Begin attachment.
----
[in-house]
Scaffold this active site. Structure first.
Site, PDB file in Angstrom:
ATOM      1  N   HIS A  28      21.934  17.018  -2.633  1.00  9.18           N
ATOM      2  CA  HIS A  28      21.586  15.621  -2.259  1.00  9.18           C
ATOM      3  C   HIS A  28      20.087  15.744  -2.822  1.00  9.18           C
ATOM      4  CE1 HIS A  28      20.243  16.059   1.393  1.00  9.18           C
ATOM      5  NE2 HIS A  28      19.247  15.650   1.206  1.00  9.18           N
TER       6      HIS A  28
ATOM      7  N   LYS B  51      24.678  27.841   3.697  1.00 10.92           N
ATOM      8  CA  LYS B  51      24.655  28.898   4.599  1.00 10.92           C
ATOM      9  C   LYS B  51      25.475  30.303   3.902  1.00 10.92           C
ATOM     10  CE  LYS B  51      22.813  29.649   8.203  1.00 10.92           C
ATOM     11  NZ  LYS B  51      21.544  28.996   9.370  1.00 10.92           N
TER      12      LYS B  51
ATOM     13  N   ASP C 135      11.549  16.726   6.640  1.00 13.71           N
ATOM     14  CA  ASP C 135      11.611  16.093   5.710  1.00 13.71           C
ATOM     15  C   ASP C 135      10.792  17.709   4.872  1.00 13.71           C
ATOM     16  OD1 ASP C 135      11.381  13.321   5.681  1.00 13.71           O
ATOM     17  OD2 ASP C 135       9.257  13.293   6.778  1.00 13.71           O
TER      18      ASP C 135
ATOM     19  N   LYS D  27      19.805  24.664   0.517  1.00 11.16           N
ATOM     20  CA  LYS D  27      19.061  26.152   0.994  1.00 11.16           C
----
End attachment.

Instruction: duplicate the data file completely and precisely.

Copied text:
[in-house]
Scaffold this active site. Structure first.
Site, PDB file in Angstrom:
ATOM      1  N   HIS A  28      21.934  17.018  -2.633  1.00  9.18           N
ATOM      2  CA  HIS A  28      21.586  15.621  -2.259  1.00  9.18           C
ATOM      3  C   HIS A  28      20.087  15.744  -2.822  1.00  9.18           C
ATOM      4  CE1 HIS A  28      20.243  16.059   1.393  1.00  9.18           C
ATOM      5  NE2 HIS A  28      19.247  15.650   1.206  1.00  9.18           N
TER       6      HIS A  28
ATOM      7  N   LYS B  51      24.678  27.841   3.697  1.00 10.92           N
ATOM      8  CA  LYS B  51      24.655  28.898   4.599  1.00 10.92           C
ATOM      9  C   LYS B  51      25.475  30.303   3.902  1.00 10.92           C
ATOM     10  CE  LYS B  51      22.813  29.649   8.203  1.00 10.92           C
ATOM     11  NZ  LYS B  51      21.544  28.996   9.370  1.00 10.92           N
TER      12      LYS B  51
ATOM     13  N   ASP C 135      11.549  16.726   6.640  1.00 13.71           N
ATOM     14  CA  ASP C 135      11.611  16.093   5.710  1.00 13.71           C
ATOM     15  C   ASP C 135      10.792  17.709   4.872  1.00 13.71           C
ATOM     16  OD1 ASP C 135      11.381  13.321   5.681  1.00 13.71           O
ATOM     17  OD2 ASP C 135       9.257  13.293   6.778  1.00 13.71           O
TER      18      ASP C 135
ATOM     19  N   LYS D  27      19.805  24.664   0.517  1.00 11.16           N
ATOM     20  CA  LYS D  27      19.061  26.152   0.994  1.00 11.16           C